Customer Helps To Spread The Word

Patience is something that biotech company Symprove has had to learn in bucketfuls over the last few years but customer Lynette McMeekin could not keep her experiences to herself a moment longer. “People need to know about Symprove and the work the company is doing. I’ve been a customer for some time now and the Daily Mail often runs stories on probiotics and Symprove is totally different.”

As a probiotic food supplement, Symprove is regulated by the Food Standards Agency and like any other probiotic product on the market today, cannot make health claims or mention symptoms or condition. The only way a company can, is by going through the official channels and these are directed by the EFSA (European Food Safety Authority). Even then, companies have to put in specific health claims for approval and to date, not one probiotic company has been given the thumbs-up. It’s tough and particularly if companies have carried out extensive human studies, as the rules say, you can’t refer to studies either. Getting through the EFSA process can also take some time, anything from 6 months to a year.

Having said all this, the company Symprove feel strongly, that a reasonable amount of regulation is needed in its industry sector. “As an ethical company, we have a responsibility to our customers and the industry as a whole, and whilst we can’t make health claims right now, we’re working hard towards proving the efficacy of Symprove. Tough measures are needed and some probiotic companies recognise the importance and value of meeting and managing consumer expectations,” says CEO Mike Butler. He went on to say, “Of course, it’s a challenge and an unusual position to be in, as not many companies or industry sectors are restricted in the way they can talk about product benefits so we have to try that much harder. We very much rely on our customers spreading the word.”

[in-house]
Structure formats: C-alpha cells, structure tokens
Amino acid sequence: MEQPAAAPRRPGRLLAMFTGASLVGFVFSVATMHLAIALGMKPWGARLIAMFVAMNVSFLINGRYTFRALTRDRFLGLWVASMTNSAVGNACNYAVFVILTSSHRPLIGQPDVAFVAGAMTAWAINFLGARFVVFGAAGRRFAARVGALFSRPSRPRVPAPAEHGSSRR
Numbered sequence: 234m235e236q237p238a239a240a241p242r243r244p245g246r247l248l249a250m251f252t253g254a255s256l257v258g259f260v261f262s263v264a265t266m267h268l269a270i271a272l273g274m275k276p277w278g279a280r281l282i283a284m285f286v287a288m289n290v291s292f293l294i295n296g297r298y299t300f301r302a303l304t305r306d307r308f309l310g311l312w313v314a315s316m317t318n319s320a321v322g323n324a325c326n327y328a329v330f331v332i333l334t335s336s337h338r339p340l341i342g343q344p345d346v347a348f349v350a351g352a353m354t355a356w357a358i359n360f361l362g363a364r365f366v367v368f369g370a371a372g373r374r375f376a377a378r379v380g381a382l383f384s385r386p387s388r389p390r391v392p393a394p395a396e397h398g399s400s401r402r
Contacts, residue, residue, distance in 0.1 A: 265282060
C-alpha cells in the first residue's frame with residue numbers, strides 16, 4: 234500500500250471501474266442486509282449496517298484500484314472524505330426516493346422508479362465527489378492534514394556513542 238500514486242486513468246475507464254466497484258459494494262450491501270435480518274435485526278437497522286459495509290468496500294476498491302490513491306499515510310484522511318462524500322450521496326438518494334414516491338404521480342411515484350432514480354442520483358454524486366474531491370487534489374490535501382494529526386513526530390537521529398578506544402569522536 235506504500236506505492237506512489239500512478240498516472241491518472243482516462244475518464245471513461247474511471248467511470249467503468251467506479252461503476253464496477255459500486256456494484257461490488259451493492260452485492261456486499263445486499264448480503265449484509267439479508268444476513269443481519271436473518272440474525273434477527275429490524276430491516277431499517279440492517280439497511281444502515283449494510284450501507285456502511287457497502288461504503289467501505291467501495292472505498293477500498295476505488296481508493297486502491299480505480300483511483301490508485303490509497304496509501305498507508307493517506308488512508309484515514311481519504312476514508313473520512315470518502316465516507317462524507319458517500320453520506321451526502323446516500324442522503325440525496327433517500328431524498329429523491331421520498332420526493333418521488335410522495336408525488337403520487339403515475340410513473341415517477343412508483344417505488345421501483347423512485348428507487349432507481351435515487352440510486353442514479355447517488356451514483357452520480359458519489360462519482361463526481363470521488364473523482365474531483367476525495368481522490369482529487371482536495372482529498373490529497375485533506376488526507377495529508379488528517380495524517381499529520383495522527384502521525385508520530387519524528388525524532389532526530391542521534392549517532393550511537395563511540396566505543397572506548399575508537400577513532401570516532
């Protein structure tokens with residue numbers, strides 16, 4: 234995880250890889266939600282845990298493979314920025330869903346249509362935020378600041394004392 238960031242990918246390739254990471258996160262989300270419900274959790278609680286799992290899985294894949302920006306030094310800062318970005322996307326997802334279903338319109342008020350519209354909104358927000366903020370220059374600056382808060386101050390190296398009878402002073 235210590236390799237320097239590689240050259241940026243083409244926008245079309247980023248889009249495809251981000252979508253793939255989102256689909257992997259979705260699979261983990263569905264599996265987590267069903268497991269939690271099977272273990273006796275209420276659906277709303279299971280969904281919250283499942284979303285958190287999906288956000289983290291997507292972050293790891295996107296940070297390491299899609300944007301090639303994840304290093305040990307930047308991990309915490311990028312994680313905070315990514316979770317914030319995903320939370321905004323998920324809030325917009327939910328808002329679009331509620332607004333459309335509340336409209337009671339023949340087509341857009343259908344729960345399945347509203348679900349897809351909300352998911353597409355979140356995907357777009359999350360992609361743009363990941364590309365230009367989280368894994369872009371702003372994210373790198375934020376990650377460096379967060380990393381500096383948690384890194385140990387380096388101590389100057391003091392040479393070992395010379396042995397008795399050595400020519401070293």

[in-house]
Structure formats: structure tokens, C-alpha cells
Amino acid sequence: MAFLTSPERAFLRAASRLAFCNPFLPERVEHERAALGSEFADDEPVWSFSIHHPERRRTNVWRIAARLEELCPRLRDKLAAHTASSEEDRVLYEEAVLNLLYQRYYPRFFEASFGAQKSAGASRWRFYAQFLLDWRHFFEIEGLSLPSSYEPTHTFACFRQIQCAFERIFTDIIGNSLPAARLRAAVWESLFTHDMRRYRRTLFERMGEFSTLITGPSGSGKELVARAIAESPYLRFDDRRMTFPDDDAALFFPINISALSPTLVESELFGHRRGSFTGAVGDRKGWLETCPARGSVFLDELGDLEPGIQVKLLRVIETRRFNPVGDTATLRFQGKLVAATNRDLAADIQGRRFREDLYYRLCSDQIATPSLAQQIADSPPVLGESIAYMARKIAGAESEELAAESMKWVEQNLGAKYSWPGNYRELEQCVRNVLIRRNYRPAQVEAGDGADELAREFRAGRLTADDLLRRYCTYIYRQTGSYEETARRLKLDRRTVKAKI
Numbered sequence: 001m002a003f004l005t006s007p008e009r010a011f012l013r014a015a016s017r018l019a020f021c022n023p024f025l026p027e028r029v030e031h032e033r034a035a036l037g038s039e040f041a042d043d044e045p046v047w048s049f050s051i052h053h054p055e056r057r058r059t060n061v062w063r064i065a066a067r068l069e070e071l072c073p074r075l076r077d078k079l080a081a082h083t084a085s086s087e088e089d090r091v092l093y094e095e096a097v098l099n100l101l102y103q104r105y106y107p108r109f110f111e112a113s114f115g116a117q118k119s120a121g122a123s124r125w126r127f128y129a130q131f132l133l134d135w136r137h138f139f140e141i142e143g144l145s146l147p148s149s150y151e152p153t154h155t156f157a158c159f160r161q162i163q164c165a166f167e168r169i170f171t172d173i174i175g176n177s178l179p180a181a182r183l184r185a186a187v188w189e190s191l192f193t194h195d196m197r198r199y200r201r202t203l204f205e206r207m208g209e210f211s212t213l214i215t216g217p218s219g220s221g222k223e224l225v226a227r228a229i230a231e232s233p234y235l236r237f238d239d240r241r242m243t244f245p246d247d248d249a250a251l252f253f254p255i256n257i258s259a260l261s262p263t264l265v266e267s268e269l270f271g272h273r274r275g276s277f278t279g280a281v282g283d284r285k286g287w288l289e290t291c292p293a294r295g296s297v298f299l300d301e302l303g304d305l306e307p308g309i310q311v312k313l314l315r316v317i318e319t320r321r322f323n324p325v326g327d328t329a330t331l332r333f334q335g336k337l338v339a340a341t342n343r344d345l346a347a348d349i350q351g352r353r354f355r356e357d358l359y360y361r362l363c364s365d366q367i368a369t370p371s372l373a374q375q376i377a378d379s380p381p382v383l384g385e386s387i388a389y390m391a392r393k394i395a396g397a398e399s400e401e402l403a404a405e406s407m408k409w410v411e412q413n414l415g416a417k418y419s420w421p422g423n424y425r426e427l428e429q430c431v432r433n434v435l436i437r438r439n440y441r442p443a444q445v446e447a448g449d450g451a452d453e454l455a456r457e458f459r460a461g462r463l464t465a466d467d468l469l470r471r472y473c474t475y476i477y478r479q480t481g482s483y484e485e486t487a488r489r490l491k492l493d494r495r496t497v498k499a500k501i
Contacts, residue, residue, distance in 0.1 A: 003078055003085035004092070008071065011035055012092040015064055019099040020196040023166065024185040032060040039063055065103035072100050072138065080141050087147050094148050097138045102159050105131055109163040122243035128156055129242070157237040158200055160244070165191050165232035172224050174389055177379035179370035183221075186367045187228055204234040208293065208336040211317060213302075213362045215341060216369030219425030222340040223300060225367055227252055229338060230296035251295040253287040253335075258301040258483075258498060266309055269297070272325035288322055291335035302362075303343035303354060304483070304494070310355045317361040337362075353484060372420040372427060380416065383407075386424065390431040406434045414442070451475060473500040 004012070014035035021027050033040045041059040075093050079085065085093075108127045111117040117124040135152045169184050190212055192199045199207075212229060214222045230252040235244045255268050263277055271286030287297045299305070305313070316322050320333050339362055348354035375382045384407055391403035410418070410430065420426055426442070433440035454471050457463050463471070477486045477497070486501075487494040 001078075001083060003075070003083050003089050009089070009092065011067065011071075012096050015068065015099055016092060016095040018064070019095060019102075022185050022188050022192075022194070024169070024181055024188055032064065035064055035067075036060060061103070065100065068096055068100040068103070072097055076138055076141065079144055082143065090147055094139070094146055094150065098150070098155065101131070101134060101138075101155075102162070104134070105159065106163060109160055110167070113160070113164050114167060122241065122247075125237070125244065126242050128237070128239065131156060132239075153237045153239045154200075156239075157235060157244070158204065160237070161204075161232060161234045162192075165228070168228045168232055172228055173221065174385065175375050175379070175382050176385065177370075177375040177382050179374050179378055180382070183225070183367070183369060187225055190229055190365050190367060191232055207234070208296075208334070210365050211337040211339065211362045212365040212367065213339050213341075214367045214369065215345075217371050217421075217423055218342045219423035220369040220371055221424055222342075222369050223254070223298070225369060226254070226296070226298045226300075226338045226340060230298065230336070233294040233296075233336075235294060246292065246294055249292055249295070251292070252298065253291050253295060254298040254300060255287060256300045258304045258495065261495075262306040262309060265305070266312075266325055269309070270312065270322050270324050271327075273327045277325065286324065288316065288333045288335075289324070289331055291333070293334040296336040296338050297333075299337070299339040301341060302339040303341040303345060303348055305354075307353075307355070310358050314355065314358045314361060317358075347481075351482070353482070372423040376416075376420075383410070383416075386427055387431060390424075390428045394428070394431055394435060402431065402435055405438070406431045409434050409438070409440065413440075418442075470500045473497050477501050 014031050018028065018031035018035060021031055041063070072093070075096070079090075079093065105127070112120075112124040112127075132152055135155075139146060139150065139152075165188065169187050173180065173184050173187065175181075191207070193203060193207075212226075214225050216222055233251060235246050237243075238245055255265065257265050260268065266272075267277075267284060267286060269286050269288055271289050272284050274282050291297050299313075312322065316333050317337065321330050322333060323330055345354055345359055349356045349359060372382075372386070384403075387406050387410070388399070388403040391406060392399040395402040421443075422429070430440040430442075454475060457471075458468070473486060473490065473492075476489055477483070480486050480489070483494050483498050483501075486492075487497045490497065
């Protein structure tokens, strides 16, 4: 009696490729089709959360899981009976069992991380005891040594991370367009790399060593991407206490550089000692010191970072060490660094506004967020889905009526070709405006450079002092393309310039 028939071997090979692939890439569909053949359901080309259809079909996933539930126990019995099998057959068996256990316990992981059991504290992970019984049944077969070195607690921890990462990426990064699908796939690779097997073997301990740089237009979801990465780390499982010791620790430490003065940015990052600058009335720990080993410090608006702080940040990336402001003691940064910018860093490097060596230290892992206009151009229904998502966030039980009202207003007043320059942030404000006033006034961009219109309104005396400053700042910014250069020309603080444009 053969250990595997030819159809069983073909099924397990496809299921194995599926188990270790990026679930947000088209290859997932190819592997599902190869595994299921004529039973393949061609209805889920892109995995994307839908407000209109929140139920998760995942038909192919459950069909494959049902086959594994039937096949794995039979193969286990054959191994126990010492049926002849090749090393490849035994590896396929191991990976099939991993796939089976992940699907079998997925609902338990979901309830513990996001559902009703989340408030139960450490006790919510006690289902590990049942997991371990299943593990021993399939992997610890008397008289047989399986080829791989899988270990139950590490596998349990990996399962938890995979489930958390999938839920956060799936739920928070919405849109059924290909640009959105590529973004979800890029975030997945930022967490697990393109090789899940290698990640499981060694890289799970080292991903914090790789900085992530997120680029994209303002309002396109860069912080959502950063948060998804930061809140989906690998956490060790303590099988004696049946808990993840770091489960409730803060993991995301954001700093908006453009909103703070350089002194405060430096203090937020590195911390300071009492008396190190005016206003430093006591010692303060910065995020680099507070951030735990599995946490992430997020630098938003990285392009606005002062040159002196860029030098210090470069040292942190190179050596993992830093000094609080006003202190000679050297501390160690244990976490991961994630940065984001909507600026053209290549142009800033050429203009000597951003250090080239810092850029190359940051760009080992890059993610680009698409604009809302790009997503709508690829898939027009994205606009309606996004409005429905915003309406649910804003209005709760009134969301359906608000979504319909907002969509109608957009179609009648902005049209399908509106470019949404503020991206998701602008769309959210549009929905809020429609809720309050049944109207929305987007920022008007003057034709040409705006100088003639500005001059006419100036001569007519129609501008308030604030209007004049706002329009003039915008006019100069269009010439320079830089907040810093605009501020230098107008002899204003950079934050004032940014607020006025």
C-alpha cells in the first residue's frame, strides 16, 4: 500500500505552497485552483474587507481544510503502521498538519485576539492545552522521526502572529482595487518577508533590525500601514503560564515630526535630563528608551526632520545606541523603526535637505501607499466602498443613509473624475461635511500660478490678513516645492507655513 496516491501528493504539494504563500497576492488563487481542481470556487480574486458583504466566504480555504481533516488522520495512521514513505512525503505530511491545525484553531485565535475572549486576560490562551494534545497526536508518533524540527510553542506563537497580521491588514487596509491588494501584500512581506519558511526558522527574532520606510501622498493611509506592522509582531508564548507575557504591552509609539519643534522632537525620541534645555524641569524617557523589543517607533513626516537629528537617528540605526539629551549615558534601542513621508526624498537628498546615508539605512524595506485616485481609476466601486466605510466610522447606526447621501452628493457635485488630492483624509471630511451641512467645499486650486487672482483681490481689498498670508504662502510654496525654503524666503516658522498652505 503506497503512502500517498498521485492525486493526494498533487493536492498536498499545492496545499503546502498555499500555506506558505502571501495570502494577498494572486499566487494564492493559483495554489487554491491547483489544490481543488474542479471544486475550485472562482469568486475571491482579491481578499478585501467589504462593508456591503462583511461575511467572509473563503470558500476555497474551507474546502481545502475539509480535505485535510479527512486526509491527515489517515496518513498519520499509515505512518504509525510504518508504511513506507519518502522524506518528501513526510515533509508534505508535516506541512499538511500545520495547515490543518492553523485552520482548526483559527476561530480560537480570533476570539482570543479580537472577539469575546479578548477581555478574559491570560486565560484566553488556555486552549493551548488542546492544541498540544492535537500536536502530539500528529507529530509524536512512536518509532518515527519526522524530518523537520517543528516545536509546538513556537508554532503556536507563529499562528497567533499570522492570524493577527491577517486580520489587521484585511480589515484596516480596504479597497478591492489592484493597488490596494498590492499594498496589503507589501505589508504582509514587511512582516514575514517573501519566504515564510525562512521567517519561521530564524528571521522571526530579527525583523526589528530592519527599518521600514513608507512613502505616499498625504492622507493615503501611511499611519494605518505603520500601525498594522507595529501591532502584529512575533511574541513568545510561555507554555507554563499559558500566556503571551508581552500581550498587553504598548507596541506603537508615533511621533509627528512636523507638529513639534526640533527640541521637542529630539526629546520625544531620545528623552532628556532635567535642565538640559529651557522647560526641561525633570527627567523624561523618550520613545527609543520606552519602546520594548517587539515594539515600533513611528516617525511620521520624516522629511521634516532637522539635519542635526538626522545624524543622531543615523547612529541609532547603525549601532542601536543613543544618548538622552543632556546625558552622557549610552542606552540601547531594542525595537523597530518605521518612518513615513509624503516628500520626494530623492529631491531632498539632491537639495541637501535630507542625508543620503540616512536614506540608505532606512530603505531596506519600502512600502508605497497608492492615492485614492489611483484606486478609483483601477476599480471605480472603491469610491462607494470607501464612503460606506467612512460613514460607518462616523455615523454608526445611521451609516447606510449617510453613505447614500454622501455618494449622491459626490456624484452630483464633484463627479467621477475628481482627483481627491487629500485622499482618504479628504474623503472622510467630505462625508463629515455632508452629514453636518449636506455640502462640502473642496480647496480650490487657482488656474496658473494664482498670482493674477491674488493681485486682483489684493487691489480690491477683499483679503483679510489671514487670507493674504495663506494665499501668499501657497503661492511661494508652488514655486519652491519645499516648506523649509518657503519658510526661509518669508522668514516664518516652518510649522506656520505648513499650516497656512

Of course, there are lots of ways for people to find out how to assess which probiotics are best for them. The FAO/WHO also gives specific guidelines but in essence, if you follow these principles, you’ll be able to make informed decisions:

Choose a probiotic which doesn’t trigger digestion in the stomach. Any probiotic contained in yoghurt or a food does

Make sure the company talks about the delivery system and what this does to ‘safely’ transport bacteria through the stomach to the gut. Probiotic bacteria struggle in acidic environments and find it difficult to cope with any extremes, needing some sort of protection or shield.

Choose a probiotic where the bacteria are ‘alive’ and ready to get to work from the moment they are swallowed and opt for multiple strains too. Individual numbers of bacteria are one thing but rather than focus on tens of billions, think quality and colonies – or CFUs – and what the bacteria are able to do to establish these units efficiently and quickly.

Think carefully before buying freeze-dried probiotics. Taking live bacteria down to temperatures of (minus) -80⁰C affects their functionality and they are no longer ‘alive’. Hanging around in this state for any length of time can’t be good, and when swallowed, for many it’s some hours before they can do anything. When capsules or powders are rehydrated, many of them have lost their ‘limbs’ or pili. Research has shown that pili are believed to play a role in helping bacteria to adhere to the gut wall. Without them probiotic bacteria often end up way beyond where they need to be in the gut and cannot colonise.

And if companies do end up talking about the research they’ve done – make sure it’s done to Rome III criteria. This means studies have been carried out to the highest clinical standards – on humans – in spite of being a probiotic and you could say in this case, it’s even more important too!

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